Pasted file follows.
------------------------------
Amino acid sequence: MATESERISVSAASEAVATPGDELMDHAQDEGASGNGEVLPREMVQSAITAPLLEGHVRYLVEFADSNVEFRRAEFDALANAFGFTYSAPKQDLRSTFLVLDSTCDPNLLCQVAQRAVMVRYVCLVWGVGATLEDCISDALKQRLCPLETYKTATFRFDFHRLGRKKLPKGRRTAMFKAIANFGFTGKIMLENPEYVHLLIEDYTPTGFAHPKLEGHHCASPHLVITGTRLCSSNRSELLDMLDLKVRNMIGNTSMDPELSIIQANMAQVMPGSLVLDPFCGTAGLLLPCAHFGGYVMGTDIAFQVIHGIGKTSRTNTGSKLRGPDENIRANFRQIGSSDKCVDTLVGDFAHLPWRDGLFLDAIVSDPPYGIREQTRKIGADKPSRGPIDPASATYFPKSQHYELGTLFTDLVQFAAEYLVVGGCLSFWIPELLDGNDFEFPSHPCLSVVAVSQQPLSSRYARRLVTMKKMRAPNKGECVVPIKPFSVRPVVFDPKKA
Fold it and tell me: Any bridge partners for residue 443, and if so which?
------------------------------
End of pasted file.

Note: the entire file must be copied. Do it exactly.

Amino acid sequence: MATESERISVSAASEAVATPGDELMDHAQDEGASGNGEVLPREMVQSAITAPLLEGHVRYLVEFADSNVEFRRAEFDALANAFGFTYSAPKQDLRSTFLVLDSTCDPNLLCQVAQRAVMVRYVCLVWGVGATLEDCISDALKQRLCPLETYKTATFRFDFHRLGRKKLPKGRRTAMFKAIANFGFTGKIMLENPEYVHLLIEDYTPTGFAHPKLEGHHCASPHLVITGTRLCSSNRSELLDMLDLKVRNMIGNTSMDPELSIIQANMAQVMPGSLVLDPFCGTAGLLLPCAHFGGYVMGTDIAFQVIHGIGKTSRTNTGSKLRGPDENIRANFRQIGSSDKCVDTLVGDFAHLPWRDGLFLDAIVSDPPYGIREQTRKIGADKPSRGPIDPASATYFPKSQHYELGTLFTDLVQFAAEYLVVGGCLSFWIPELLDGNDFEFPSHPCLSVVAVSQQPLSSRYARRLVTMKKMRAPNKGECVVPIKPFSVRPVVFDPKKA
Fold it and tell me: Any bridge partners for residue 443, and if so which?